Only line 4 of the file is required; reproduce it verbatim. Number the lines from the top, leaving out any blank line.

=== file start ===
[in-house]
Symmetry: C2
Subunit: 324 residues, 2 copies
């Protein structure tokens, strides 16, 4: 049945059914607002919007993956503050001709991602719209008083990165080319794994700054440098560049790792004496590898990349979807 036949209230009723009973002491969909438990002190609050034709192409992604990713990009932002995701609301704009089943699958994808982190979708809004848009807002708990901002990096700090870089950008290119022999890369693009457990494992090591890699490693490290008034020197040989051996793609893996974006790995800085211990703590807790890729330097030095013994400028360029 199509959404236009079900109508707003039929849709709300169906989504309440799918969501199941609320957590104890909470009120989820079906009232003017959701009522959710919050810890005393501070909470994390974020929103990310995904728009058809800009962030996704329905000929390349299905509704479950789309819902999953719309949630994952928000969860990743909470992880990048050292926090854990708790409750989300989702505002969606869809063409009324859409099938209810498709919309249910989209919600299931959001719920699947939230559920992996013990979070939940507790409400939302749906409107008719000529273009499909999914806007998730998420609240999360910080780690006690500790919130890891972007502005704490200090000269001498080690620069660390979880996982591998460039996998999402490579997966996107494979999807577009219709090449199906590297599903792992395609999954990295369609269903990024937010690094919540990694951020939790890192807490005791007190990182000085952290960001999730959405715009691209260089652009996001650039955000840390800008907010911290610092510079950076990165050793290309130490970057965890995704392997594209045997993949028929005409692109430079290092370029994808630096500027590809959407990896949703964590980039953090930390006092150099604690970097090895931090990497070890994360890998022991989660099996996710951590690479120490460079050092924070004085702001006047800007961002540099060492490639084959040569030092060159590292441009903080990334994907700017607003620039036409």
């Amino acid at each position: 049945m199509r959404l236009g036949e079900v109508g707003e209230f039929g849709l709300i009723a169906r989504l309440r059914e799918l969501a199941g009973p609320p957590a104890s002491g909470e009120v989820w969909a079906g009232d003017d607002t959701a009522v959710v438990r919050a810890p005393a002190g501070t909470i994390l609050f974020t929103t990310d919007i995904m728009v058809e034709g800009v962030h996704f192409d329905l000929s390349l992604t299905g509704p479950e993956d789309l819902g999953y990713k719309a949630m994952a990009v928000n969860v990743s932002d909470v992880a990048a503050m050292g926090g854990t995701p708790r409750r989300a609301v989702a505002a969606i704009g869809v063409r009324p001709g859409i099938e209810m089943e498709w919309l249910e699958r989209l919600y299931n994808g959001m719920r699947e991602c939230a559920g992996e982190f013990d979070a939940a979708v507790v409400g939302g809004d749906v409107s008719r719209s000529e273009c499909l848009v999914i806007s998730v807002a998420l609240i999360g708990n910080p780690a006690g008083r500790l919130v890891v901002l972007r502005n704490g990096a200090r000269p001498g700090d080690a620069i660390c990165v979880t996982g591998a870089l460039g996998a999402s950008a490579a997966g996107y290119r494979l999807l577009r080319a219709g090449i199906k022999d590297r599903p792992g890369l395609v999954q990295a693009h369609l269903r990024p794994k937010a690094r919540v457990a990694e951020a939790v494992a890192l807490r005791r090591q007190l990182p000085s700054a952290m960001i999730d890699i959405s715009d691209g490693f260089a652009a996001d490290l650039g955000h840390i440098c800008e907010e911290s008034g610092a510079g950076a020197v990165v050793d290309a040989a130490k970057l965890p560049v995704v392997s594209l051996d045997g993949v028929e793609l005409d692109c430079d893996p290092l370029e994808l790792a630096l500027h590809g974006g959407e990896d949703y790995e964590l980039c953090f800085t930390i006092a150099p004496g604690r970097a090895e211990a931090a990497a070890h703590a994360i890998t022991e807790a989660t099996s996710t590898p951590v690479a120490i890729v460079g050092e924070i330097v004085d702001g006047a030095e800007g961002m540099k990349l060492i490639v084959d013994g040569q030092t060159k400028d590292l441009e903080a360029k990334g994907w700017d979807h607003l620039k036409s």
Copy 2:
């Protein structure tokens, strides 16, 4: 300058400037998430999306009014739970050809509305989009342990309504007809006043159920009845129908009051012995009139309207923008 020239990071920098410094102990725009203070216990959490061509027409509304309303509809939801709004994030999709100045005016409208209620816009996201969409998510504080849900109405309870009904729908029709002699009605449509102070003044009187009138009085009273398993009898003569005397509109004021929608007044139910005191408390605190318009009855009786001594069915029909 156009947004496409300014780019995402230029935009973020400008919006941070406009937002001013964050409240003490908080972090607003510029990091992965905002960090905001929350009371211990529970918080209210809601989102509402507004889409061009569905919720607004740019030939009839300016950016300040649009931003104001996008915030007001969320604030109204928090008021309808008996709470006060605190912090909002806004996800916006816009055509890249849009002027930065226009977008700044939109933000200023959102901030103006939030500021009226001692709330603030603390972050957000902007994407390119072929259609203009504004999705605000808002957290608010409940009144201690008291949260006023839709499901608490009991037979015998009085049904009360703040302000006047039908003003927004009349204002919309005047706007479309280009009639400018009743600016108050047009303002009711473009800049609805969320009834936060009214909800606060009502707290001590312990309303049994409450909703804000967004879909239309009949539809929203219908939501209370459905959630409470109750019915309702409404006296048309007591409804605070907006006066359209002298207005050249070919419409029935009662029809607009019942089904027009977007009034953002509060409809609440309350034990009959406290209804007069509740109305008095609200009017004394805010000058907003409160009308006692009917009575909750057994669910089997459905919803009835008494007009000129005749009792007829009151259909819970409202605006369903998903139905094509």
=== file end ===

């Protein structure tokens, strides 16, 4: 049945059914607002919007993956503050001709991602719209008083990165080319794994700054440098560049790792004496590898990349979807 036949209230009723009973002491969909438990002190609050034709192409992604990713990009932002995701609301704009089943699958994808982190979708809004848009807002708990901002990096700090870089950008290119022999890369693009457990494992090591890699490693490290008034020197040989051996793609893996974006790995800085211990703590807790890729330097030095013994400028360029 199509959404236009079900109508707003039929849709709300169906989504309440799918969501199941609320957590104890909470009120989820079906009232003017959701009522959710919050810890005393501070909470994390974020929103990310995904728009058809800009962030996704329905000929390349299905509704479950789309819902999953719309949630994952928000969860990743909470992880990048050292926090854990708790409750989300989702505002969606869809063409009324859409099938209810498709919309249910989209919600299931959001719920699947939230559920992996013990979070939940507790409400939302749906409107008719000529273009499909999914806007998730998420609240999360910080780690006690500790919130890891972007502005704490200090000269001498080690620069660390979880996982591998460039996998999402490579997966996107494979999807577009219709090449199906590297599903792992395609999954990295369609269903990024937010690094919540990694951020939790890192807490005791007190990182000085952290960001999730959405715009691209260089652009996001650039955000840390800008907010911290610092510079950076990165050793290309130490970057965890995704392997594209045997993949028929005409692109430079290092370029994808630096500027590809959407990896949703964590980039953090930390006092150099604690970097090895931090990497070890994360890998022991989660099996996710951590690479120490460079050092924070004085702001006047800007961002540099060492490639084959040569030092060159590292441009903080990334994907700017607003620039036409």